A Wish for Christians
By L. Janelle Dance
This past decade of my life has been enriched by close relationships with persons from various Middle and Near Eastern origins. Some of these persons have been Americans others have been Swedes or, more specifically, persons designated in Sweden as “New Swedes” (I have spent roughly three of the last six years living and conducting research in Sweden). Some of my friends of Middle and Near Eastern origins have been Christians, others have been Muslims, others have been Zoroastrians, others still have been Secular Humanists, and a couple have been Kurdish-Israeli Jews. None have been Terrorists. I should not even have to make this “none have been Terrorists” assertion but I do so to counter stereotypes enlivened by the debate over the Islamic Center in New York City. So, allow me to repeat, not a single one of my friends is or ever has been a Terrorist!
Actually all of my friends of Middle and Near Eastern origins have uniformly condemned acts of terrorism. More specifically, all of my Muslim friends in Sweden and the U.S. have denounced the 9-11 attacks on the New York World Trade Center. Many have apologized for the attacks on the World Trade Center though they had absolutely nothing to do with it. Those who apologized did not do so out of guilt, for they have no reason to feel guilty. They were sincerely appalled and deeply saddened by what had been done in the name of Islam. I agree. It is deplorable that there are radical Muslims who kill innocent persons in the name of God. It is equally deplorable that there are radical Christians, Jews, Hindus, Buddhists and other extremists who kill in the name of their religion.
Allow me to speak exclusively about my Muslim friends:
I believe my Muslim friends represent most Muslims.
My personal observations about peace-loving, tolerant, hospitable Muslims are also supported by studies conducted at universities like Duke, the University of North Carolina-Chapel Hill, and the University of Maryland’s Program on International Public Attitudes. My personal observations are also supported by research by John L. Esposito of Georgetown University and Dalia Mogahed of the Gallup Center for Muslim Studies. In Who Speaks for Islam?: What a Billion Muslims Really Think, Esposito and Mogahed use the Gallup World Poll of 35 nations with significant Muslim populations and find that, like Americans, the vast majority of Muslims polled reject radicalism and terrorism. Likewise, FBI data on terrorist acts committed on U.S. soil from 1980 to 2005 reveal that 94% of the extremist groups who posed a terrorist threat to U.S. soil are not radical Muslims. Moderate Muslims posed no threat at all.
Now, allow me to speak about many of my Christian friends:
I am worried that my Christian friends represent most Christians.
Of course, there are Christians who personify--(or have personified when they were alive)--love and compassion: Mother Theresa, Martin Luther King, Jr., my grandmother (Anna J. Dance), members of my Baptist church, persons with whom I work at the University of Nebraska, clients in my Group Cycle classes at Prairie Life Fitness in Lincoln, Nebraska and at Gold’s Gym in Alexandria, Virginia, and so on. These persons were/are not perfect but they have embodied the compassion and love of Christ in their interactions with others. If you are such a Christian, then this op-ed is not addressed to you. My concern is that these “do-unto-others-as-you-would-have-others-do-unto-you” (Matthew 7:12), “turn-the-other-cheek” (Luke 6:29) Christians are in short supply!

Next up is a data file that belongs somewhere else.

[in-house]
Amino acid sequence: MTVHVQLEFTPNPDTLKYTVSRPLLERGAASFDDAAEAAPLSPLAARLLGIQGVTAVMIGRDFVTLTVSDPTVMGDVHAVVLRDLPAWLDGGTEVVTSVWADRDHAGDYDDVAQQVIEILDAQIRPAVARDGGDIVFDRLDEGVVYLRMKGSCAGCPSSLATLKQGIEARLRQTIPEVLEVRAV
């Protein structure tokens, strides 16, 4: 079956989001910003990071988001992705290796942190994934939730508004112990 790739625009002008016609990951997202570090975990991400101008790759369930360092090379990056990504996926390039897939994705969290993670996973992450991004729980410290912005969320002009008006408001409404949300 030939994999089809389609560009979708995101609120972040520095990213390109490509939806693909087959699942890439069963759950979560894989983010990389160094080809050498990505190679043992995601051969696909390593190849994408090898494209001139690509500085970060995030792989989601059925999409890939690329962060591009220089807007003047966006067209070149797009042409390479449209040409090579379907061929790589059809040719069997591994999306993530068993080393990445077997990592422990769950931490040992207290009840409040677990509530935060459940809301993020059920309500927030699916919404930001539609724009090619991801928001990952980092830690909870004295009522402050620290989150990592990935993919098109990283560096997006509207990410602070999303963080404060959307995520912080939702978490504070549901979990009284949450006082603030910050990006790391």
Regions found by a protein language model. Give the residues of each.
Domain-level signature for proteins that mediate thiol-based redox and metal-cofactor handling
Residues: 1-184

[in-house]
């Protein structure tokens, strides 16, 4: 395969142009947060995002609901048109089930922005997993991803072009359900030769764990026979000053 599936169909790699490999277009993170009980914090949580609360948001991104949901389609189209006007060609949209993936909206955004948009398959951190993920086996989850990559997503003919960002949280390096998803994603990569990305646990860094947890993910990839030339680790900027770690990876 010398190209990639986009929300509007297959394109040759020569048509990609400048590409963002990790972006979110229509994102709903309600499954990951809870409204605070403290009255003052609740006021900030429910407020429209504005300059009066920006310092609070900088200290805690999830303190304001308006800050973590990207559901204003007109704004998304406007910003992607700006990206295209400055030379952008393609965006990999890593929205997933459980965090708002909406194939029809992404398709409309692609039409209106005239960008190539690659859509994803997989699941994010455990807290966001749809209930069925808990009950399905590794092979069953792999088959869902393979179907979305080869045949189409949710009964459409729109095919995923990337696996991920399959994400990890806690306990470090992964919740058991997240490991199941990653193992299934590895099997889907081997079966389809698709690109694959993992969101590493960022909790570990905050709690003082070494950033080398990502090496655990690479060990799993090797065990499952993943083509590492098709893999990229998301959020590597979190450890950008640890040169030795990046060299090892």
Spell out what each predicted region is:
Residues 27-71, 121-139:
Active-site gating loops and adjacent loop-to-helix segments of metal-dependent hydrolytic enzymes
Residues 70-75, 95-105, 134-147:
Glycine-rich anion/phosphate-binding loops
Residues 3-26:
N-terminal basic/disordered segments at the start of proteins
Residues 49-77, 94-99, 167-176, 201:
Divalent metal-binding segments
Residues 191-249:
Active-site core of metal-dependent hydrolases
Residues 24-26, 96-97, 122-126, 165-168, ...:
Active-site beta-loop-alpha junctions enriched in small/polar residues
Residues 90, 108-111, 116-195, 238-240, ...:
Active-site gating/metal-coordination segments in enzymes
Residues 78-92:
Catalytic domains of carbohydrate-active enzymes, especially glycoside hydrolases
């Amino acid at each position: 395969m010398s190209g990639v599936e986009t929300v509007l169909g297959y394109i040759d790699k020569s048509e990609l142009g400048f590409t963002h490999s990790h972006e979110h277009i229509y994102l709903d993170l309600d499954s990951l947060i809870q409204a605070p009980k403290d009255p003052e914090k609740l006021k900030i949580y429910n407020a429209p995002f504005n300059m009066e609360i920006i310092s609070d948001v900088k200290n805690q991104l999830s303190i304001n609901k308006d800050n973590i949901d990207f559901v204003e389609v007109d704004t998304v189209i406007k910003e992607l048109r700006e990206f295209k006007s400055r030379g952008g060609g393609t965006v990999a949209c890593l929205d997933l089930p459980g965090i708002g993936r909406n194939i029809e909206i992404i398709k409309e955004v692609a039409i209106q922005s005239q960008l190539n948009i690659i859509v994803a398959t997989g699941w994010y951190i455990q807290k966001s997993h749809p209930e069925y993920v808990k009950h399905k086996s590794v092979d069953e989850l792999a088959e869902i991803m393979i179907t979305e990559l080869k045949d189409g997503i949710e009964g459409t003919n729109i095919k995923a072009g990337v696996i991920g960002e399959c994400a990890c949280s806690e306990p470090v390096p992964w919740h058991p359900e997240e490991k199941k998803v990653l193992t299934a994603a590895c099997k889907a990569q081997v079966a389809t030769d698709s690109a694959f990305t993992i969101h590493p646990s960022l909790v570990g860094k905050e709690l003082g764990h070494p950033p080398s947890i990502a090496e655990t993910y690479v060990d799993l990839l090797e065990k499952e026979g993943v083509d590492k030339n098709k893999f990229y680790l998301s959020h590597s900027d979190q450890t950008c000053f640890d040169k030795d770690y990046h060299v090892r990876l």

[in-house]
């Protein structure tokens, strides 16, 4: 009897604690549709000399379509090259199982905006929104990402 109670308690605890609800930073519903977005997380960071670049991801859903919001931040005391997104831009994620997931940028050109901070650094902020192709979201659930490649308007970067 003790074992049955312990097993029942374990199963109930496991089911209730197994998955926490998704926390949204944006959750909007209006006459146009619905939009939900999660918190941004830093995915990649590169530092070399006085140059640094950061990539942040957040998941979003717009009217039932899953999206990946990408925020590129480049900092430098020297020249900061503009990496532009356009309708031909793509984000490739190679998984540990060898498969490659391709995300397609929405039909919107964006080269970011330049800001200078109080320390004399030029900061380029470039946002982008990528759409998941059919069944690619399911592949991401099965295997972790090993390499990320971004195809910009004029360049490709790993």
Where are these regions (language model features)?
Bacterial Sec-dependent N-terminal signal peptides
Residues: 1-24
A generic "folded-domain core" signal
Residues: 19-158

Therefore, this article is addressed to:
1) Christians who spread hostility in the name of Christ (such as Newt Gingrich who equated Imam Feisal Rauf and others behind the planned Islamic Center in New York with radical Muslims and Nazis).
2) Christians who make hateful and ignorant statements like “Islam is of the Devil!”
3) Christians who assert, “I don’t pray to Allah; I pray to Jesus/God!”
First of all, the comparison of Imam Rauf and other peace-loving Muslims to Nazis is malicious and inappropriate. It has no more basis in reality than equating peace-loving Christians with Nazis (many of whom were radical Christians) and with radical Muslims.
Secondly, the statement that “Islam is of the Devil” is an oxymoron. “Islam” means “to make peace” or “to surrender” and specifically to the will of God. So when someone says, “Islam is of the devil” they are saying, “Submission to the will of God is of the devil!”
Thirdly, the God to whom Muslims submit is not just any god (for example, Ra, Zeus, Thor, and so on) but the very same God of Abraham that Christians and Jews pray to and to whom Jesus referred when he prayed, “Our Father, who art in heaven, Holy is Thy name…”
There are radical Muslims who spew hate at Christians. But I do not associate with radical Muslims; nor do I associate with radical Christians. But I do spend a lot of time with moderate-everyday-Christians. And, unlike, my moderate-everyday-Muslim friends, many moderate Christians say hateful things 24/7/365 and they do so in the name of Christ!
Just as I have experienced peace-loving Muslims as the norm for Islam, I would like to experience compassionate Christians as the norm for Christianity. My wish for Christians is that they do unto others as Christ would do and spread peace, tolerance, love, and kindness. When my Muslim friends ask me, “Why do so many Christians hate in the name of Christ and say heinous and ignorant things about Islam?” I want to say from experience, “Just like radical Muslims are not the norm for Islam, hateful Christians are NOT the norm for Christianity!”
L. Janelle Dance
Associate Professor of Sociology and Ethnic Studies at the University of Nebraska
Guest Scholar and Researcher at the Center for Middle Eastern Studies, Lund University in Sweden